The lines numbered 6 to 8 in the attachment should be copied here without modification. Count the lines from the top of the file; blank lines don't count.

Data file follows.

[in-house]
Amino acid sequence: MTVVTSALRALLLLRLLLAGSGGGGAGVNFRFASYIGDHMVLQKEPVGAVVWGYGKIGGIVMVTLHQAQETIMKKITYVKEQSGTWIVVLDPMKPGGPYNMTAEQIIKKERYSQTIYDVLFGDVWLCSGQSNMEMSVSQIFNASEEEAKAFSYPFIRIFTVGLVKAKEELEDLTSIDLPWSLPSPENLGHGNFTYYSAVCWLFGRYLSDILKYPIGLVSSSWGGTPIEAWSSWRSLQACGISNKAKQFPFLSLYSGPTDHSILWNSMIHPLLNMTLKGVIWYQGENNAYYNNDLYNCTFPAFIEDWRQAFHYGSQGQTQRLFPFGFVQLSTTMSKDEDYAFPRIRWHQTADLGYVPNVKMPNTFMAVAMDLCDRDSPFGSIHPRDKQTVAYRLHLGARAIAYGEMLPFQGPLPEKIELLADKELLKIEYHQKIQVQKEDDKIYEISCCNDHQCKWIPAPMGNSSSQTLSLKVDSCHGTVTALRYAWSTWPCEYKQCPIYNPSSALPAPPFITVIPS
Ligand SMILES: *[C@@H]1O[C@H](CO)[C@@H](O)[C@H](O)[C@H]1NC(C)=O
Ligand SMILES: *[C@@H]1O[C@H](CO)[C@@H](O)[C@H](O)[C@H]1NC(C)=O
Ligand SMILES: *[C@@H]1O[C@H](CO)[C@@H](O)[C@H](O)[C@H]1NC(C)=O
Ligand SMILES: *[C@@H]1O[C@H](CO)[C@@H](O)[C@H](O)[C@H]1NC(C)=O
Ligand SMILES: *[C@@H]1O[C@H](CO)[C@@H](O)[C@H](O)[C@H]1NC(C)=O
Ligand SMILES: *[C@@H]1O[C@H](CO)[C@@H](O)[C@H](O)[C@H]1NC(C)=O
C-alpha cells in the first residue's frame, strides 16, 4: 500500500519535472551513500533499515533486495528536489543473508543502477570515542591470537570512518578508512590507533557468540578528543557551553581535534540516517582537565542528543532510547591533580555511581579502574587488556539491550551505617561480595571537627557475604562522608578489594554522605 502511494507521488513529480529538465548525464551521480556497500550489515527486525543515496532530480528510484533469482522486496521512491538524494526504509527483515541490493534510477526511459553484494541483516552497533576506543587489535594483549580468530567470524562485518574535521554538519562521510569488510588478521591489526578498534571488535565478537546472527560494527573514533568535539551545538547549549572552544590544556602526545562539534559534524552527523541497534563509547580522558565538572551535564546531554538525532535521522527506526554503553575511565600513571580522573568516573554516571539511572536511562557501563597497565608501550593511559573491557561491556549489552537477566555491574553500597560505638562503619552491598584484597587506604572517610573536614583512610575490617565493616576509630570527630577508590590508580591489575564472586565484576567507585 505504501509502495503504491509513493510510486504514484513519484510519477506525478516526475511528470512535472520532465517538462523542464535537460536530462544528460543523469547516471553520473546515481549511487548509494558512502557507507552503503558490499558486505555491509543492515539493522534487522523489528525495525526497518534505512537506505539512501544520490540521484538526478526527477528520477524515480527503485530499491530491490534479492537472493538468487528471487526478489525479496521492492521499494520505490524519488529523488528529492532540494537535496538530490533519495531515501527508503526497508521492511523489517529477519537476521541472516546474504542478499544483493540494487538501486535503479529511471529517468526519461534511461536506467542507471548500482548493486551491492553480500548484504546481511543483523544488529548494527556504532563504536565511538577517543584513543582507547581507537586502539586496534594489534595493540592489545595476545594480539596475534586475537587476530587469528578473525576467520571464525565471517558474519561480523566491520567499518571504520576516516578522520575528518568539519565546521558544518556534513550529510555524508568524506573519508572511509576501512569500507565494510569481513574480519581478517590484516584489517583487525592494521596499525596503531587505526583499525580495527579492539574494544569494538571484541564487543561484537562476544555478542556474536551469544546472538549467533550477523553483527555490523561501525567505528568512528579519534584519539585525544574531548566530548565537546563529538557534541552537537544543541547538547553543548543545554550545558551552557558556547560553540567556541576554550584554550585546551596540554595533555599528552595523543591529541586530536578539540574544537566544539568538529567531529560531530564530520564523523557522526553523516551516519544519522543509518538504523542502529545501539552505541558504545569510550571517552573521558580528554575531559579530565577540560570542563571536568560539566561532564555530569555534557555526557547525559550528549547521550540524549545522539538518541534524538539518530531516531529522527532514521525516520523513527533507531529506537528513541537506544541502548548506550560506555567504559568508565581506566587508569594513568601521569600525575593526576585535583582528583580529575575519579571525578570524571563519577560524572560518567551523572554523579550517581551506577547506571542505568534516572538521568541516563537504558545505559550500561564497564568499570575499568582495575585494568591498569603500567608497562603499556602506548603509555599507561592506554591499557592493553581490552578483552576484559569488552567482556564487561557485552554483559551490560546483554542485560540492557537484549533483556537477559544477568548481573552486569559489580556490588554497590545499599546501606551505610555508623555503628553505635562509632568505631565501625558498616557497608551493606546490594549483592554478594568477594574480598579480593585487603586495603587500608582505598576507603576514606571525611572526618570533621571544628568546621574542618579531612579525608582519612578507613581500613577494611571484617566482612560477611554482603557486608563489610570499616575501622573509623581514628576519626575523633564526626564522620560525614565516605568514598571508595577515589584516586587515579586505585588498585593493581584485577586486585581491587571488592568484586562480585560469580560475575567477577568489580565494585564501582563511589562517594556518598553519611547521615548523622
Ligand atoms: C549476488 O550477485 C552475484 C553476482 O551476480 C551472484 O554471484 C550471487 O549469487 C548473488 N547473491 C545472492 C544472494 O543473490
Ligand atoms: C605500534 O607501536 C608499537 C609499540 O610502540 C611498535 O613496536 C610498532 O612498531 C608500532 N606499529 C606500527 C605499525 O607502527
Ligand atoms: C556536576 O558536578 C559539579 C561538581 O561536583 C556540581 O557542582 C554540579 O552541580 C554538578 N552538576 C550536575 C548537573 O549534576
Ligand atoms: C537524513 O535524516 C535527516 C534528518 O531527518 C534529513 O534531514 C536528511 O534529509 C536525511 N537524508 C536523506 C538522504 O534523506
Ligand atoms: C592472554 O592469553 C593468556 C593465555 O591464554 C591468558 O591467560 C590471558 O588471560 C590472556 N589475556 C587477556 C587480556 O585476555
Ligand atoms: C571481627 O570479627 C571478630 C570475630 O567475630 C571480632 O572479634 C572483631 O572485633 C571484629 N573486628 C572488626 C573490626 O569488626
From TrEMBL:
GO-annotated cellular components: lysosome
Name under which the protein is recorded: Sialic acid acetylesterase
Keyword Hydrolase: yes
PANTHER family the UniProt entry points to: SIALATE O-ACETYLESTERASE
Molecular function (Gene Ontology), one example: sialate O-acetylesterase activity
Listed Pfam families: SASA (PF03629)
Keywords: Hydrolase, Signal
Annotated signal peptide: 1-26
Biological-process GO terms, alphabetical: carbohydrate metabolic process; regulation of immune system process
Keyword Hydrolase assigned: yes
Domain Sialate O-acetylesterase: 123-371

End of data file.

Ligand SMILES: *[C@@H]1O[C@H](CO)[C@@H](O)[C@H](O)[C@H]1NC(C)=O
Ligand SMILES: *[C@@H]1O[C@H](CO)[C@@H](O)[C@H](O)[C@H]1NC(C)=O
Ligand SMILES: *[C@@H]1O[C@H](CO)[C@@H](O)[C@H](O)[C@H]1NC(C)=O